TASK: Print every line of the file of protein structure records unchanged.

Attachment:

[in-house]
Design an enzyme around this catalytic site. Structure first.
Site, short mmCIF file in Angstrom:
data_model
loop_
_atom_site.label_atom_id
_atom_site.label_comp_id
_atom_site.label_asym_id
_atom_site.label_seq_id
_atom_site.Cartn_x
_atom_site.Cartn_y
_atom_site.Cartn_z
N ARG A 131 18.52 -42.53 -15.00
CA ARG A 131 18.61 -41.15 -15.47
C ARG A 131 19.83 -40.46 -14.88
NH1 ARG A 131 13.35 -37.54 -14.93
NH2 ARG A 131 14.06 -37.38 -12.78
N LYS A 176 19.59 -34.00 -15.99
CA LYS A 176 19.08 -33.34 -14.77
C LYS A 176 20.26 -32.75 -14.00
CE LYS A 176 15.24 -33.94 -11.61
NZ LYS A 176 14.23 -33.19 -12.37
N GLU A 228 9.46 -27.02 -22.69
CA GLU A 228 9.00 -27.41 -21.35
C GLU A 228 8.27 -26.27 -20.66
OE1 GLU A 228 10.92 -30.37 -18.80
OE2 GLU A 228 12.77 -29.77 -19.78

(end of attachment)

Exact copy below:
[in-house]
Design an enzyme around this catalytic site. Structure first.
Site, short mmCIF file in Angstrom:
data_model
loop_
_atom_site.label_atom_id
_atom_site.label_comp_id
_atom_site.label_asym_id
_atom_site.label_seq_id
_atom_site.Cartn_x
_atom_site.Cartn_y
_atom_site.Cartn_z
N ARG A 131 18.52 -42.53 -15.00
CA ARG A 131 18.61 -41.15 -15.47
C ARG A 131 19.83 -40.46 -14.88
NH1 ARG A 131 13.35 -37.54 -14.93
NH2 ARG A 131 14.06 -37.38 -12.78
N LYS A 176 19.59 -34.00 -15.99
CA LYS A 176 19.08 -33.34 -14.77
C LYS A 176 20.26 -32.75 -14.00
CE LYS A 176 15.24 -33.94 -11.61
NZ LYS A 176 14.23 -33.19 -12.37
N GLU A 228 9.46 -27.02 -22.69
CA GLU A 228 9.00 -27.41 -21.35
C GLU A 228 8.27 -26.27 -20.66
OE1 GLU A 228 10.92 -30.37 -18.80
OE2 GLU A 228 12.77 -29.77 -19.78